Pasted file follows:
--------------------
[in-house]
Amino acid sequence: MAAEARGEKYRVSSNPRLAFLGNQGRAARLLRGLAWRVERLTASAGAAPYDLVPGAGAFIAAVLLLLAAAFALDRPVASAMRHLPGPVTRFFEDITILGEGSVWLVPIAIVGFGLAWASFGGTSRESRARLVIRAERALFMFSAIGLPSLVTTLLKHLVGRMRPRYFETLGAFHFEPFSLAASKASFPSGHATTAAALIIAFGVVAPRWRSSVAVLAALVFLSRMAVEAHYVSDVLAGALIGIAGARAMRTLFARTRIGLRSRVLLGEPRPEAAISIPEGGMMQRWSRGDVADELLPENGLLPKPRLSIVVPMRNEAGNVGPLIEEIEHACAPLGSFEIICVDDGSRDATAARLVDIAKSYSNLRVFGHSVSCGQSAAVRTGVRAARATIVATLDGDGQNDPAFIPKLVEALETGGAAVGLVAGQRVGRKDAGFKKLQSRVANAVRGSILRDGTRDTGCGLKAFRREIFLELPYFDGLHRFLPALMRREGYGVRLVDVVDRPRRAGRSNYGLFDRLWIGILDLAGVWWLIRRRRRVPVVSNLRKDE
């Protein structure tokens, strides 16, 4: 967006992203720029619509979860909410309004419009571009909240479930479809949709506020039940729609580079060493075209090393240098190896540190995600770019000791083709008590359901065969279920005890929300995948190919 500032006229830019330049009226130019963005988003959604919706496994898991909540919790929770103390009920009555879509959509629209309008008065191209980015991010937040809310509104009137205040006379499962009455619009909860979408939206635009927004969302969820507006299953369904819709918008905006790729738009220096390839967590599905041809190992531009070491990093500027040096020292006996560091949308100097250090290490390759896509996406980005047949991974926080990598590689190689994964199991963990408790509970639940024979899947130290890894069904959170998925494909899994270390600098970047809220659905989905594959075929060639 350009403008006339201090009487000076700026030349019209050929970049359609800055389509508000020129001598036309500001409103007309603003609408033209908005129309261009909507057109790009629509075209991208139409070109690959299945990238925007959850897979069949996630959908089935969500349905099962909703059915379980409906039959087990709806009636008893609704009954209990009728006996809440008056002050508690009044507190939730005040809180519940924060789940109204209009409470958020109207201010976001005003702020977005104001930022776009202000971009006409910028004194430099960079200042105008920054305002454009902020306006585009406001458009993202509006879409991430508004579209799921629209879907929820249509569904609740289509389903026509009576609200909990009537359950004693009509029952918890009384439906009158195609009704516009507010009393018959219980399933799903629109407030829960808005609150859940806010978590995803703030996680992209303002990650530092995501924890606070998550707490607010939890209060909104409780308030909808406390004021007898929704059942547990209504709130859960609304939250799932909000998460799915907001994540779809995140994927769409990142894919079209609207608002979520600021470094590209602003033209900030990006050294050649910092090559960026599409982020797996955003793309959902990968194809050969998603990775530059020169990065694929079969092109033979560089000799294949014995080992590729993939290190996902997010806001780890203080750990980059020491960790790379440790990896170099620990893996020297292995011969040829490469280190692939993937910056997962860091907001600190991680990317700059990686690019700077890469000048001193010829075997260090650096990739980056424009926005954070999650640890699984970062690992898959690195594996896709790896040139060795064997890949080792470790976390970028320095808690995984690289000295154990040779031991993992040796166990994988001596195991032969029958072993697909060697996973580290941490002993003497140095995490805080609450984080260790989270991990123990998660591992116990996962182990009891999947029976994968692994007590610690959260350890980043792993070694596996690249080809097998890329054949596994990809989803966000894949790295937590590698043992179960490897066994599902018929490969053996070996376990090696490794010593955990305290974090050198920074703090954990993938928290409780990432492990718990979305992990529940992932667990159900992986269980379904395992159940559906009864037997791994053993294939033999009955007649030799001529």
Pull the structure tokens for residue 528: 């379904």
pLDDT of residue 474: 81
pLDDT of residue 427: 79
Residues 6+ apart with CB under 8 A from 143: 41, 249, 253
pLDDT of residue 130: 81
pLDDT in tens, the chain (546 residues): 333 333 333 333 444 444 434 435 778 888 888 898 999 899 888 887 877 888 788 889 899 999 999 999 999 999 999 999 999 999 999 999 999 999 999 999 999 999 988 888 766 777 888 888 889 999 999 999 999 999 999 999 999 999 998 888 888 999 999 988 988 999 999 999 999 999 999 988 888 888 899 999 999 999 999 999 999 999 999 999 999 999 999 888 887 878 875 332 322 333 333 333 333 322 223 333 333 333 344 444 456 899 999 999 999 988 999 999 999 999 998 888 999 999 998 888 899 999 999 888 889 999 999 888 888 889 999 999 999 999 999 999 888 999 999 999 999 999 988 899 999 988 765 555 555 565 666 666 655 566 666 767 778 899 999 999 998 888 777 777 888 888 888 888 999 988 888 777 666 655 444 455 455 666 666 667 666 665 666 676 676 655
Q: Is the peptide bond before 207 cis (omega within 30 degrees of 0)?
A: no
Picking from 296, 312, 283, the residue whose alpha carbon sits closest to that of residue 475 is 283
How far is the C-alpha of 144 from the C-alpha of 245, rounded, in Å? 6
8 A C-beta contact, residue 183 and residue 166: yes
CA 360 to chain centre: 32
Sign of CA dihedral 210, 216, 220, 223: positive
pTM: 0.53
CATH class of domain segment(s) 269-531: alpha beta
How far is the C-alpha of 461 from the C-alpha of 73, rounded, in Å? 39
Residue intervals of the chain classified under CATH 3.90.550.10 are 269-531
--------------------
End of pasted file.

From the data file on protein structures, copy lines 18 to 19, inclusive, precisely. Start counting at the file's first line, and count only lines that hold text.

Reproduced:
CATH class of domain segment(s) 269-531: alpha beta
How far is the C-alpha of 461 from the C-alpha of 73, rounded, in Å? 39